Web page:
Agriculture and food issues often cross provincial, national and international boundaries. Being a leader of a farm organization frequently requires representatives to look well beyond the farm gate to tackle issues that impact their members.
That’s certainly the case for Thunder Bay, Ont., dairy farmer Peggy Brekveld, who in 2023 will again lead the Ontario Federation of Agriculture, the province’s largest general farm organization. She was elected president of OFA for the third consecutive year by its board of directors after the organization’s annual general meeting at London, Ont.
In her address to the meeting, Brekveld touched on the scope of issues that impact Ontario farmers; from international trade sanctions that penalize farmers when purchasing fertilizer; to federal carbon tax legislation; and provincial land use policy that paves the way for valuable farmland to be turned into housing developments. She also stressed the need for OFA to emerge from the difficult times of the COVID-19 pandemic and renew focus on strategic priorities, including land use planning and environmental sustainability, food value chain security, labour and workforce development, rural infrastructure and affordable energy, and mental health and wellness.
In this interview, Brekveld discusses many of the organization’s key issues. On the federal scene, she is “cautiously optimistic” that legislation to have the farm carbon tax exemption expanded to include natural gas and propane, Bill C-234, will be adopted and become law. (Story continues after the interview.)
The OFA has also been working on the Liberal government’s fertilizer emission strategy. Brekveld says it’s important to push for the government to measure fertilizer best management practices, rather than focusing on measuring fertilizer usage.
“I think it’s a much better way to meet the end goals. Government wants to see emissions drop and best management practices will do that,” says Brekveld. “It’s not about how much fertilizer you use, but how we can ensure that the plant is using it efficiently.”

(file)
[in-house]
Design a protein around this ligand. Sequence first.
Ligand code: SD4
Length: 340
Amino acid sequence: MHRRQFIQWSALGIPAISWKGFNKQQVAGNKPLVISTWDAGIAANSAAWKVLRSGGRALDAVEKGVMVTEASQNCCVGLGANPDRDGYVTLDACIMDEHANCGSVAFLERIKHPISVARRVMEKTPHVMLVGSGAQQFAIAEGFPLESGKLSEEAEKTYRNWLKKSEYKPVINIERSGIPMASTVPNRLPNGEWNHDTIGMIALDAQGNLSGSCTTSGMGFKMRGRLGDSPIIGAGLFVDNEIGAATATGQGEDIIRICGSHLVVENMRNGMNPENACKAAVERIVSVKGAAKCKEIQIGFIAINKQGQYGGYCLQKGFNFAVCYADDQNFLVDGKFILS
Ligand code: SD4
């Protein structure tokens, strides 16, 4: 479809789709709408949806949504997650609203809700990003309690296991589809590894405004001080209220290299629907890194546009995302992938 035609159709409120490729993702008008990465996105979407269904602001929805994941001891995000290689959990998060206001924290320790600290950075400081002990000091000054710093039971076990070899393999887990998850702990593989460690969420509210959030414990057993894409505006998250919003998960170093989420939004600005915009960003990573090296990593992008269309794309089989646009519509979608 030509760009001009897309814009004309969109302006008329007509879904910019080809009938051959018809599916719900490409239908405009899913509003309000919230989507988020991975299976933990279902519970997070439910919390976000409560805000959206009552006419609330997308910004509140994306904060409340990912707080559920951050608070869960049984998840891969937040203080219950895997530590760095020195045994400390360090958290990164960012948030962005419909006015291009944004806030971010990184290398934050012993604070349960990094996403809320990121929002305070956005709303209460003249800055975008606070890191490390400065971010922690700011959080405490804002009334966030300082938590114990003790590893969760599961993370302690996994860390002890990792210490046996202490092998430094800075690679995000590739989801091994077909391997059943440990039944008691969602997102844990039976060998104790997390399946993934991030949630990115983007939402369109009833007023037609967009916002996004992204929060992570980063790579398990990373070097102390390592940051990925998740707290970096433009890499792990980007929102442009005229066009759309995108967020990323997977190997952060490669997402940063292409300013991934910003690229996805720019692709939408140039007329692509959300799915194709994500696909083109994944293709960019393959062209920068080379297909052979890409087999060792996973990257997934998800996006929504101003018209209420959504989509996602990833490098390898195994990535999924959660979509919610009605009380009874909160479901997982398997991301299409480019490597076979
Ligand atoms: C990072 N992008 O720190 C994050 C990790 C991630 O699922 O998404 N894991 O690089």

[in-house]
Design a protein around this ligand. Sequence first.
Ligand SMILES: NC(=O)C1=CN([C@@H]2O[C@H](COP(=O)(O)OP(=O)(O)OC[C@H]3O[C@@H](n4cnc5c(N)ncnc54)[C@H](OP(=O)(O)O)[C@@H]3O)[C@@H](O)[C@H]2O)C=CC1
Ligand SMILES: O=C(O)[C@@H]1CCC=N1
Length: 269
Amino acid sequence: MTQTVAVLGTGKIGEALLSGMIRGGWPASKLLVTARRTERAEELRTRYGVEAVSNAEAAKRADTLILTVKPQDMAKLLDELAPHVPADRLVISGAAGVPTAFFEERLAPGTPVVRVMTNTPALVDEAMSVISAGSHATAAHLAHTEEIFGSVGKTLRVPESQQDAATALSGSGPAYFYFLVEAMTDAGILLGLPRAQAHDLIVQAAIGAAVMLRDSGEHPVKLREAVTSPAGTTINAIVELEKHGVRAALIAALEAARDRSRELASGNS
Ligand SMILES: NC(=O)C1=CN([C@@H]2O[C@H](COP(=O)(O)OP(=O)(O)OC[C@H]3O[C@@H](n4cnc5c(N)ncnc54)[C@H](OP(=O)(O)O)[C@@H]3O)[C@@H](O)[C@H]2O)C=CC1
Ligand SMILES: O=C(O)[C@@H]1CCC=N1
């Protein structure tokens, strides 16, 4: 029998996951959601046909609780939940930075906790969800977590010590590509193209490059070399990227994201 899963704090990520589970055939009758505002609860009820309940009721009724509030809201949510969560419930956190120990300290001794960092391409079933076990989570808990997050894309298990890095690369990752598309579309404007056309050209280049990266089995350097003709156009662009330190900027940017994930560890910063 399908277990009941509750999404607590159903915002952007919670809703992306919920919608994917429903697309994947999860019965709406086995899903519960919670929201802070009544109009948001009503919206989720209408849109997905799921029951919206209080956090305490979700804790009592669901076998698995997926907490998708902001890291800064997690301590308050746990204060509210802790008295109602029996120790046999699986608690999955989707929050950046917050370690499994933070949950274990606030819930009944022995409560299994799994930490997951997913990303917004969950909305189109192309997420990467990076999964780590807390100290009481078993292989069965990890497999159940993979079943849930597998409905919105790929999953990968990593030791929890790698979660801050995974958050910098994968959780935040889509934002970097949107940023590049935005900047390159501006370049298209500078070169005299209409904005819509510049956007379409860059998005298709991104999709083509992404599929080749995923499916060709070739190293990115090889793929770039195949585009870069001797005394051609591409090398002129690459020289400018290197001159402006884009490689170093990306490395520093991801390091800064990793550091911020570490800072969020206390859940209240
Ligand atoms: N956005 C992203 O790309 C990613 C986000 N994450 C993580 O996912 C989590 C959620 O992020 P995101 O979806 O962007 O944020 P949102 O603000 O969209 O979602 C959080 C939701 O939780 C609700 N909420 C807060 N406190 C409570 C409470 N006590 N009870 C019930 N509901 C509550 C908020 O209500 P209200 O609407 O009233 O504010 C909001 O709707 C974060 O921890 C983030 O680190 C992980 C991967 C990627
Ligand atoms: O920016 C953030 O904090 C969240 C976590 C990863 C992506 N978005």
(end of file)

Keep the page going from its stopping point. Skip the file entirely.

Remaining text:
The fertilizer file also includes what the federal government should do with the $34 million collected in tariffs on fertilizer imported from Russia and Belarus by Canadian farmers. Other farm groups have been pushing for the money to be refunded directly to farmers. Brekveld notes “the federal government has been extremely clear, they’re not going to send it back to individuals, individual farmers.”
Brekveld says OFA has made recommendations on how the money can be returned to the industry. “Just like the other farm organizations, we want to see the dollars come back to the industry and ensure that agriculture can keep being the best it can be.”
In Ontario, Bill 23, the province’s More Homes Built Faster Act has been making headlines. Under the guise of solving the housing crisis, Ontario’s Premier Doug Ford wants to develop more than 7,000 acres of prime agricultural land in the provinces Greenbelt, around the city of Toronto.
The legislation was passed this week, but Brekveld says the province needs to be more creative when planning communities to better manage development and protect farmland.
“Once farmland goes into concrete or asphalt it never comes back,” says Brekveld. “We have to think long-term visioning and incentivize intensifying your communities and making them livable and walkable — complete communities. I think it will benefit the cities, but also the farmers and the people who are feeding those cities.”